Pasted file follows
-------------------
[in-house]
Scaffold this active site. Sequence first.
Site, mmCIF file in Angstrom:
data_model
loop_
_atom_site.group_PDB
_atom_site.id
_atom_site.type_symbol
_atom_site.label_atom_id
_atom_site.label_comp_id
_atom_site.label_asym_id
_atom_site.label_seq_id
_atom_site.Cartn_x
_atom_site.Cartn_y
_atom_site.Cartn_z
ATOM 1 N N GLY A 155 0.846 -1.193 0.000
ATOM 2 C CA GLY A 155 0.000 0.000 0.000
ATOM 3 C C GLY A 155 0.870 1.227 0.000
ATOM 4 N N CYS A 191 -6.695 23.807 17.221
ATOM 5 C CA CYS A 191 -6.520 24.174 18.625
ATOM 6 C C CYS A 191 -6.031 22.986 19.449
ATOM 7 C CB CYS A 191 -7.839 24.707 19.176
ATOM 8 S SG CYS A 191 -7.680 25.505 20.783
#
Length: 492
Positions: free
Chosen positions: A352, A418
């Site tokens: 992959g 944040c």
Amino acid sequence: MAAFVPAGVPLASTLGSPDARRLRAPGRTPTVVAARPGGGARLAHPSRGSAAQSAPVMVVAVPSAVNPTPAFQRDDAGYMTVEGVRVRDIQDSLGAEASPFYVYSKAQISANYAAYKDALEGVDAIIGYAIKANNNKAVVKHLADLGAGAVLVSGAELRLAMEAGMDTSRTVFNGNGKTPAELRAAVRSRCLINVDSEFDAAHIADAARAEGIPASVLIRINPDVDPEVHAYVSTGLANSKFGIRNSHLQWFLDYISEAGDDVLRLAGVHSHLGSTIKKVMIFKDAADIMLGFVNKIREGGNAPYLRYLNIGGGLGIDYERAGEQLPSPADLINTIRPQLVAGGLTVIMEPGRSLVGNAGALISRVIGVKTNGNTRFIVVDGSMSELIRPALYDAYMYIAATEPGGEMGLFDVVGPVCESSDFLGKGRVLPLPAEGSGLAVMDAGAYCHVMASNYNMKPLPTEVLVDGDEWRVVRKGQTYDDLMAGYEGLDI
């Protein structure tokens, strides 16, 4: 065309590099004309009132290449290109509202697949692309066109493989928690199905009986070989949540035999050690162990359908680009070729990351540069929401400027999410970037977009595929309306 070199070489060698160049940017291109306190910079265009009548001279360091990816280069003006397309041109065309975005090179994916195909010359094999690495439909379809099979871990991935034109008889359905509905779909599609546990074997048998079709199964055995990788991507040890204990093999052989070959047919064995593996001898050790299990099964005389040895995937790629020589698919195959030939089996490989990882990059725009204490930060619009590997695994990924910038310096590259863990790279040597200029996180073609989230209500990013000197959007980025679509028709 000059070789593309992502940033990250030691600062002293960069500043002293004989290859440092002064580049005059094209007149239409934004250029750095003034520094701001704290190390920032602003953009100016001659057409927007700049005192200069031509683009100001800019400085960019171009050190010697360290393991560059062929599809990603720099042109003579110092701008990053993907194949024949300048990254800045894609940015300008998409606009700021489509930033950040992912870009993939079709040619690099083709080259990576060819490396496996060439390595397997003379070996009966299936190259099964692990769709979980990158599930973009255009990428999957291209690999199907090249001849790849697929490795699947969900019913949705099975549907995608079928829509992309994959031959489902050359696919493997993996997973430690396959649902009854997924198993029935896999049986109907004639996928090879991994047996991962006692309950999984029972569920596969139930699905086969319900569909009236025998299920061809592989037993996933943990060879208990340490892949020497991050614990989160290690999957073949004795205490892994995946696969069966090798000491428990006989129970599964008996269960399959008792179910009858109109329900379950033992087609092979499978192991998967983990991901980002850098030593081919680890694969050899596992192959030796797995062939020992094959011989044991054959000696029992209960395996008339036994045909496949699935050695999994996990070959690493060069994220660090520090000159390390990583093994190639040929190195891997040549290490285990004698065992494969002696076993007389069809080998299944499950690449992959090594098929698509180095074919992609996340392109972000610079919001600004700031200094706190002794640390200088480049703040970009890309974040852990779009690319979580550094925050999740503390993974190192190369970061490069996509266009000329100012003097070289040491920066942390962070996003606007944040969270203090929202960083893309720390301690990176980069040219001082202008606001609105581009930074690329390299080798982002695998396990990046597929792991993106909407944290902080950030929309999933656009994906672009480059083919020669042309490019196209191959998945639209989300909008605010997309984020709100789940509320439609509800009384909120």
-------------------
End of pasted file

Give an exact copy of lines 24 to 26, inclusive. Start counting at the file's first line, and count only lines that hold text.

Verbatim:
#
Length: 492
Positions: free